It's hard not to be stirred up and entertained by the three jeremiad-essays Hughes (Barcelona, 1992, etc.) offers here. He goes scatter-shooting at cows with very broad sides: the American talent for "the twin fetishes of victimhood and redemption"; the PC academy (" 'The Canon,' that oppressive Big Bertha whose muzzle is trained...at the black, the gay, and the female. The Canon, we're told, is a list of books by dead Europeans - Shakespeare and Dante and Tolstoy...you know them, the pale patriarchal penis people"); postmodern architects ("the pediment-quoting Ralph Laurens of their profession"); Jean-Michel Basquiat ("the black Chatterton of the 80's"). Hughes deplores the "multi-culti" scare of a cultural establishment unwilling to stand up to the Jesse Helms-types and thus retreating into an homogenization that doles out quality to all so that none will rise too high to be chopped down. But real European- or Australian-style multiculturalism, he argues, is of great benefit - a haunting of one culture by another, an enrichening. So far so good (if glitzy: for Time's art-critic, there's no idea whose subtlety can't be sacrificed for a clever line). But the swaggering postures Hughes assumes all over the room are convincing only in the brightest-lit corners. He does a little historical background for his best point - that art for Americans has always been a therapeutic activity - but elsewhere hardly a background is shaded in. The problematics behind our melding of cultures, behind a moral issue such as abortion, or underlying formalism and shock-aesthetics - these Hughes avoids drilling into deeply. Mostly, it seems, he's writing to the small, disenchanted section of the same go-go cultural guild he bewails; in such tight company, he has to do little more than press journalistic hot buttons cleverly. Not since John Gardner's On Moral Fiction (1978) have we had such a pellet-gun shower of right-wing leftism, back-to-basics positivism - and like Gardner's, it settles down more as vanitas than veritas. (Kirkus Reviews)

Back cover copy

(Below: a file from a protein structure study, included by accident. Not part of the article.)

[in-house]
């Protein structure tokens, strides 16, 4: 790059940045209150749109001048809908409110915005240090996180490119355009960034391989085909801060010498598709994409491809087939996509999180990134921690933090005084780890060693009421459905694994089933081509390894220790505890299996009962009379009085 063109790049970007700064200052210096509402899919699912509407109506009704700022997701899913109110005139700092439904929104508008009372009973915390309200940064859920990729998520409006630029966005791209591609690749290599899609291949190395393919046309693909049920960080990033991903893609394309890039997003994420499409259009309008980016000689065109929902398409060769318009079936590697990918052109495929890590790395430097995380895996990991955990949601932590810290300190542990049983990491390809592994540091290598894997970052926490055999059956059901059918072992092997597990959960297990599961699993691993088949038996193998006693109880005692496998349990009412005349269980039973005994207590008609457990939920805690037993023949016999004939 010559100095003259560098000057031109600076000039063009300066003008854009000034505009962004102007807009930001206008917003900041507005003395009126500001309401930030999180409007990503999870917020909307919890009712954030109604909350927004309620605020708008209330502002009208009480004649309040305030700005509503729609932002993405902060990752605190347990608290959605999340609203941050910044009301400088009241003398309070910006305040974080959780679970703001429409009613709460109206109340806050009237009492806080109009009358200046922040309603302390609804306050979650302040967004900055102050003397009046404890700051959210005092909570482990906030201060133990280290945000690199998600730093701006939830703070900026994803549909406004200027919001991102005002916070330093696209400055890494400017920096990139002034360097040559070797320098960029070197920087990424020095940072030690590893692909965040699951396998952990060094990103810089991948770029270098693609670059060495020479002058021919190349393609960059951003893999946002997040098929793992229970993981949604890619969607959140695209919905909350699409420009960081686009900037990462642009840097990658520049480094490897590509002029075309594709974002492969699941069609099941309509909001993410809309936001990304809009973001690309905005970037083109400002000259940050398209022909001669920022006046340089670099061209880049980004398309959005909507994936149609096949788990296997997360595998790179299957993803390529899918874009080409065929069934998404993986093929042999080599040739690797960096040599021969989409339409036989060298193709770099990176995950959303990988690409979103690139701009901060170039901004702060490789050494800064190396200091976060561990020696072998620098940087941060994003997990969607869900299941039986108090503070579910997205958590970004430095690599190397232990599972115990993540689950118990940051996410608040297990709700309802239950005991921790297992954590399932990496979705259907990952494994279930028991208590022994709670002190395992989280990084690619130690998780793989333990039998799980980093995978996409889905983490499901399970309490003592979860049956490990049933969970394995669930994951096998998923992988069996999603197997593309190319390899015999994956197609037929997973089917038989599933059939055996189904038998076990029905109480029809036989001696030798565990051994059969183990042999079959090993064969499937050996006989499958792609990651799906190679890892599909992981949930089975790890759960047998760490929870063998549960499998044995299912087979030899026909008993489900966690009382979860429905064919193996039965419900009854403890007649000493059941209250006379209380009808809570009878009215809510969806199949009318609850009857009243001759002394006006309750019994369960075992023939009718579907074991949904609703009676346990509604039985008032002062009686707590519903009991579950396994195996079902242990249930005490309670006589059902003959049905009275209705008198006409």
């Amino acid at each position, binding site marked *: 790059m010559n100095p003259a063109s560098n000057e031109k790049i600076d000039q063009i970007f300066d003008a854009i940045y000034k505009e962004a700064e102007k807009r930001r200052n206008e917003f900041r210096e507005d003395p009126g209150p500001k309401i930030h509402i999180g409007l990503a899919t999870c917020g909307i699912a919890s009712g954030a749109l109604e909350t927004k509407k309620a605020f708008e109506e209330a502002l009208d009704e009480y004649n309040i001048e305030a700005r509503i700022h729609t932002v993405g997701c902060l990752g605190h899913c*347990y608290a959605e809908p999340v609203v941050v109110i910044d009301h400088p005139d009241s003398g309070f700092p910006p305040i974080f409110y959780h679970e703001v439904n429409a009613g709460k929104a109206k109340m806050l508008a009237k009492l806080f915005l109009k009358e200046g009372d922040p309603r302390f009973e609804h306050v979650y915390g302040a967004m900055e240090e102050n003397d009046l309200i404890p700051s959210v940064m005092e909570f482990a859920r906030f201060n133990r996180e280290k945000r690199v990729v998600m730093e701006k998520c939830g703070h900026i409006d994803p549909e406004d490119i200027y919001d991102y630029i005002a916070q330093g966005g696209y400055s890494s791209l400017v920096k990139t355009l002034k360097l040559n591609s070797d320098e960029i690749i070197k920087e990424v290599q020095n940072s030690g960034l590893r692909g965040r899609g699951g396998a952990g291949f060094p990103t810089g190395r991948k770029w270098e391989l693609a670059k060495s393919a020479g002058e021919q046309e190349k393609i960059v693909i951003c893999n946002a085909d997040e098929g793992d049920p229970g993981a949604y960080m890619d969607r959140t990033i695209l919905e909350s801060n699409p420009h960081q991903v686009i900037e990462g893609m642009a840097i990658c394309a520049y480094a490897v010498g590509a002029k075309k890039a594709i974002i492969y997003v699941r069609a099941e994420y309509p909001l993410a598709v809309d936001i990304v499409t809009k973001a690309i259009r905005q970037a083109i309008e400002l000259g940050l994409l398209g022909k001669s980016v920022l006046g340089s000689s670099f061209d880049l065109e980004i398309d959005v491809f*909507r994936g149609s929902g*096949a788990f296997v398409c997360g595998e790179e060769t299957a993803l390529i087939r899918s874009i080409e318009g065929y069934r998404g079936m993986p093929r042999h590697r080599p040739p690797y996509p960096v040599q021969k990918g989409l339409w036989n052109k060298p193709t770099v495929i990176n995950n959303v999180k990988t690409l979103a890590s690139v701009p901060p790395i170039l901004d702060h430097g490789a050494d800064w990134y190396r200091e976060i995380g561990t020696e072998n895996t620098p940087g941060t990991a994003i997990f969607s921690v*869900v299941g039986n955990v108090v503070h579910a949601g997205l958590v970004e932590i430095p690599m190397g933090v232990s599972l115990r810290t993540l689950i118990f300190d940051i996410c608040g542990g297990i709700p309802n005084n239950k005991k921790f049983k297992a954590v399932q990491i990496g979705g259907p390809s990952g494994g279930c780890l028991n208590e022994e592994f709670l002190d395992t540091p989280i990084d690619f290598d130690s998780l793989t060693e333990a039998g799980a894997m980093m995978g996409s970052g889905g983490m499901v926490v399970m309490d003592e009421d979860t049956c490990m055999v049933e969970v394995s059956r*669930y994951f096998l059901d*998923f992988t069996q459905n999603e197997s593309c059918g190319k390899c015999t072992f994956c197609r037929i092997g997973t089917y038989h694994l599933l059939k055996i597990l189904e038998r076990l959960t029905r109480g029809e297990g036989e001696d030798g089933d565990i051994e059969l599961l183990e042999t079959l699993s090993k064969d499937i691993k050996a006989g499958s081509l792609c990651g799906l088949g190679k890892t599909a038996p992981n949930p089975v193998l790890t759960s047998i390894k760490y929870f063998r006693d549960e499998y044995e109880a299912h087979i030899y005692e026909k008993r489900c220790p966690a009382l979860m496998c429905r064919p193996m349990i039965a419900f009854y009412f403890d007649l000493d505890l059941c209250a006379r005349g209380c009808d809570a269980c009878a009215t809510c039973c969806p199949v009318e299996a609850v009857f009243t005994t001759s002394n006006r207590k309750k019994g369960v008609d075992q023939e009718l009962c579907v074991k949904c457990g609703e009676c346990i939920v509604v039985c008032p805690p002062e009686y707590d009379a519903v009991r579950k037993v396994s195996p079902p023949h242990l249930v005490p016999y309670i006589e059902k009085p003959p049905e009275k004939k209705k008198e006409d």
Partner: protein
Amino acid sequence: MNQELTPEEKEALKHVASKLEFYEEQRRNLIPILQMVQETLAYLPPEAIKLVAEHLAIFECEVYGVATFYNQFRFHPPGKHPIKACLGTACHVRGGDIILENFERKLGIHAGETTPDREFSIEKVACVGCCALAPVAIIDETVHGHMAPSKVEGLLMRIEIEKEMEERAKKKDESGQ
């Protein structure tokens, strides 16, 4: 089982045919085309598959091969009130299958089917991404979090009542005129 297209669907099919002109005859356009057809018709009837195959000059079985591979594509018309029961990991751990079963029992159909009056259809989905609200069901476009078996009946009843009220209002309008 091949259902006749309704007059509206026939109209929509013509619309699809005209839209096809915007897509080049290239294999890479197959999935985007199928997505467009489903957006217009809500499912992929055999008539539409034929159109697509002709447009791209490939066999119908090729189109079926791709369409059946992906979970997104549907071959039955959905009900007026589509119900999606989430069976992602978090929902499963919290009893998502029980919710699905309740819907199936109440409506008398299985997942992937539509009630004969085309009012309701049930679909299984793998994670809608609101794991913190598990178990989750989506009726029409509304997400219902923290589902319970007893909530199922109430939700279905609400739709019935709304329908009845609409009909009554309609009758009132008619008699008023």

The best-selling author of The Shock of the New, The Fatal Shore, and Barcelona here delivers a withering polemic aimed at the heart of recent American politics and culture. Culture of Complaint is a call for the reknitting of a fragmented and over-tribalized America - a deeply passionate book, filled with barbed wit and devastating takes on public life, both left and right of center. To the right, Hughes fires broadsides at the populist demagogy of Pat Buchanan, Pat Robertson, Jesse Helms and especially Ronald Reagan ("with somnambulistic efficiency, Reagan educated America down to his level. He left his country a little stupider in 1988 than it had been in 1980, and a lot more tolerant of lies"). To the left, he skewers political correctness ("political etiquette, not politics itself"), Afrocentrism, and academic obsessions with theory ("The world changes more deeply, widely, thrillingly than at any moment since 1917, perhaps since 1848, and the American academic left keeps fretting about how phallocentricity is inscribed in Dickens' portrayal of Little Nell"). PC censoriousness and "family-values" rhetoric, he argues, are only two sides of the same character, extrusions of America's puritan heritage into the present - and, at root, signs of America's difficulty in seeing past the end of the Us-versus-Them mentality implanted by four decades of the Cold War. In the long retreat from public responsibility beaten by America in the 80s, Hughes sees "a hollowness at the cultural core" - a nation "obsessed with therapies and filled with distrust of formal politics; skeptical of authority and prey to superstition; its language corroded by fake pity and euphemism". It resembles "lateRome...in the corruption and verbosity of its senators, in its reliance on sacred geese (those feathered ancestors of our own pollsters and spin-doctors) and in its submission to senile, deified emperors controlled by astrologers and extravagant wives". Culture of Complaint is fired by a deep concern for the way Hughes sees his adopted country heading. But it is not a relentless diatribe. If Hughes lambastes some aspects of American politics, he applauds Vaclav Havel's vision of politics "not as the art of the useful, but politics as practical morality, as service to the truth". And if he denounces PC, he offers a brilliant and heartfelt defense of non-ideological multiculturalism as an antidote to Americans' difficulty in imagining the rest of the world - and other Americans. Here, then, is an extraordinary cri de coeur, an outspoken call for the reconstruction of America's ideas about its recent self. It is a book that everyone interested in American culture will want to read.